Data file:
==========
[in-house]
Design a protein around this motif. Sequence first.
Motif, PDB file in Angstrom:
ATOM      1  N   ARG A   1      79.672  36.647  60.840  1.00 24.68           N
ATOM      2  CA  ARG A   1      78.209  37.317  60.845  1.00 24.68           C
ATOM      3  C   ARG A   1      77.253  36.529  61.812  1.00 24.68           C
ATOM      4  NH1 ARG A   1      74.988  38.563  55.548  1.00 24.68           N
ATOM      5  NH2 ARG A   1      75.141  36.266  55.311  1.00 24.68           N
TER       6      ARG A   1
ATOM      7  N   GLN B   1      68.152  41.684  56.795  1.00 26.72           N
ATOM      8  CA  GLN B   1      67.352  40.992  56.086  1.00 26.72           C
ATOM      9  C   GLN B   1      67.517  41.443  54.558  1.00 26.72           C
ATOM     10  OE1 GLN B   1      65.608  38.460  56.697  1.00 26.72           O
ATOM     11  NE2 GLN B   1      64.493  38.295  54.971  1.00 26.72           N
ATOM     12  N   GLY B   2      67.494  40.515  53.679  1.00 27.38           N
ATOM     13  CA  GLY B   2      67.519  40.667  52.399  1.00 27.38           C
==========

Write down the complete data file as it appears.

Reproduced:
[in-house]
Design a protein around this motif. Sequence first.
Motif, PDB file in Angstrom:
ATOM      1  N   ARG A   1      79.672  36.647  60.840  1.00 24.68           N
ATOM      2  CA  ARG A   1      78.209  37.317  60.845  1.00 24.68           C
ATOM      3  C   ARG A   1      77.253  36.529  61.812  1.00 24.68           C
ATOM      4  NH1 ARG A   1      74.988  38.563  55.548  1.00 24.68           N
ATOM      5  NH2 ARG A   1      75.141  36.266  55.311  1.00 24.68           N
TER       6      ARG A   1
ATOM      7  N   GLN B   1      68.152  41.684  56.795  1.00 26.72           N
ATOM      8  CA  GLN B   1      67.352  40.992  56.086  1.00 26.72           C
ATOM      9  C   GLN B   1      67.517  41.443  54.558  1.00 26.72           C
ATOM     10  OE1 GLN B   1      65.608  38.460  56.697  1.00 26.72           O
ATOM     11  NE2 GLN B   1      64.493  38.295  54.971  1.00 26.72           N
ATOM     12  N   GLY B   2      67.494  40.515  53.679  1.00 27.38           N
ATOM     13  CA  GLY B   2      67.519  40.667  52.399  1.00 27.38           C